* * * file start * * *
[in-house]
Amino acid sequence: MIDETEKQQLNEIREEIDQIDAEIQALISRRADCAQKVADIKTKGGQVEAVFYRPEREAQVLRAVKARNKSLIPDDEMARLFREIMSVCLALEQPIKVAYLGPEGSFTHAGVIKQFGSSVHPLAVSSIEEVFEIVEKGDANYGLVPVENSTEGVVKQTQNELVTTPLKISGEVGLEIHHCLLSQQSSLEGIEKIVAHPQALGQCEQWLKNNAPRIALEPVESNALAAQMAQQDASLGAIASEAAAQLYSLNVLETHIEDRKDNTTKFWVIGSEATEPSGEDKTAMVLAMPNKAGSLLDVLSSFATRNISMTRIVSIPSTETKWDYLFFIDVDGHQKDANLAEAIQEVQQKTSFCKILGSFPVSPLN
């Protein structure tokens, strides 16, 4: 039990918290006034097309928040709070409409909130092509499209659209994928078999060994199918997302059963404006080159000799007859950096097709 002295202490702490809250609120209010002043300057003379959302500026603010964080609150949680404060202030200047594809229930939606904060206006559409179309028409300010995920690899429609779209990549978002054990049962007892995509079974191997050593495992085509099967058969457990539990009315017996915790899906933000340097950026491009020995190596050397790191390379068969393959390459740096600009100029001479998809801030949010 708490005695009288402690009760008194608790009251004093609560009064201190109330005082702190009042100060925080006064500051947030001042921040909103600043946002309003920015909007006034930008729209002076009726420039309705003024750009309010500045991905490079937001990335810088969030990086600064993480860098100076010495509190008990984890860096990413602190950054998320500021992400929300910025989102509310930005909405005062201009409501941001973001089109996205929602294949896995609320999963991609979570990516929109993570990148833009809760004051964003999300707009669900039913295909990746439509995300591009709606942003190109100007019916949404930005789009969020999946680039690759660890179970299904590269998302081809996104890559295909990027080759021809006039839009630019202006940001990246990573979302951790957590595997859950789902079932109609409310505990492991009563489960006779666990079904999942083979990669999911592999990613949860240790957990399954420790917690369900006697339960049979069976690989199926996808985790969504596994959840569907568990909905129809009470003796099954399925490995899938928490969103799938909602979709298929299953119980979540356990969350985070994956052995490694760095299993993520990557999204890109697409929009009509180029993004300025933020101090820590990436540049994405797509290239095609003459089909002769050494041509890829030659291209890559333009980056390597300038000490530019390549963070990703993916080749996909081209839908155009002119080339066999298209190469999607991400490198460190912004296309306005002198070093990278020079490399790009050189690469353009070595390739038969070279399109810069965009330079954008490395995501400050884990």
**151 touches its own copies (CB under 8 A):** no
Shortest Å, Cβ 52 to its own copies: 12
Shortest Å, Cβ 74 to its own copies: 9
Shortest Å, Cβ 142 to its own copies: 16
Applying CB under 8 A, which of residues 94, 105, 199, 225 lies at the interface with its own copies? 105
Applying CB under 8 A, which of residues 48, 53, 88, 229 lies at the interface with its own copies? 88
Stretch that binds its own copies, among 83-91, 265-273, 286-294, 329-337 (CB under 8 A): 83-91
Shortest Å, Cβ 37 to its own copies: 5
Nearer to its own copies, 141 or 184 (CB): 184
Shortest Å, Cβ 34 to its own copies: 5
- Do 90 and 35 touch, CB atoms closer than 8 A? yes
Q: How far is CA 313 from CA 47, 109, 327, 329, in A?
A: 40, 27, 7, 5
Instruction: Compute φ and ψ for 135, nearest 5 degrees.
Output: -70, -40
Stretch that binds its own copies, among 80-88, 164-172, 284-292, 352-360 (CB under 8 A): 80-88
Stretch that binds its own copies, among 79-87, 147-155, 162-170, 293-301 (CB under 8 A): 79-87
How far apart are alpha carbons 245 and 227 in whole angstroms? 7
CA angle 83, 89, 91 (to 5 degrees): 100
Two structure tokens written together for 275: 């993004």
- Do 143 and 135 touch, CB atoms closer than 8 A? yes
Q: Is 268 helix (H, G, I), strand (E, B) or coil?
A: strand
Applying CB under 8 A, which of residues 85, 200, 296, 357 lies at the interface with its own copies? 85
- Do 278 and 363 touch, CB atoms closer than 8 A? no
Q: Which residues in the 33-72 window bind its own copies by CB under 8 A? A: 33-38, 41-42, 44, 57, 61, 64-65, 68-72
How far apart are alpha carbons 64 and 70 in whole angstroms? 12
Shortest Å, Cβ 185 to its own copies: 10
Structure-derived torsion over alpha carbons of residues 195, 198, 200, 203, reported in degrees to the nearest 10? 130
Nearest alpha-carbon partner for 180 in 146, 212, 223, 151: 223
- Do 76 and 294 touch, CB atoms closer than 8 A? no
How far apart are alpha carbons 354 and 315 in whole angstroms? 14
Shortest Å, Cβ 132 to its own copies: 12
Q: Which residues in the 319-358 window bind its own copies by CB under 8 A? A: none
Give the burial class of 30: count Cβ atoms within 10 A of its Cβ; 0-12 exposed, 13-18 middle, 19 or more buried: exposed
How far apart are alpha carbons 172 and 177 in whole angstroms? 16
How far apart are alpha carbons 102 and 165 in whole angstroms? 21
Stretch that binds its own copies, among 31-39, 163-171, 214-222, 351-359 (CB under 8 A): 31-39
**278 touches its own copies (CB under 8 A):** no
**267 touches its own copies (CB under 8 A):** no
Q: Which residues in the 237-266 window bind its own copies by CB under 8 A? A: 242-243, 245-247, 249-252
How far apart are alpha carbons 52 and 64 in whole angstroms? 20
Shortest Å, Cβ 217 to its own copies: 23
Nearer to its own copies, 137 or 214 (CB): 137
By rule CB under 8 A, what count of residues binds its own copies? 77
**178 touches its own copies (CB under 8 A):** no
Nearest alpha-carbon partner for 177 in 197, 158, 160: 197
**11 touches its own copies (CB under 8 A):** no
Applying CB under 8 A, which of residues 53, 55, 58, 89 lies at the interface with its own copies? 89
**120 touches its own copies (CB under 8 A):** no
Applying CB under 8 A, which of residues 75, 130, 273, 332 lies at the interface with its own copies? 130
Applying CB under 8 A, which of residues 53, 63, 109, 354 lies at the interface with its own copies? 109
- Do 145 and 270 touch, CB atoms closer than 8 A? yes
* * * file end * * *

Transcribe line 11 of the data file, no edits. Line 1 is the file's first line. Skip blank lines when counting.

Shortest Å, Cβ 37 to its own copies: 5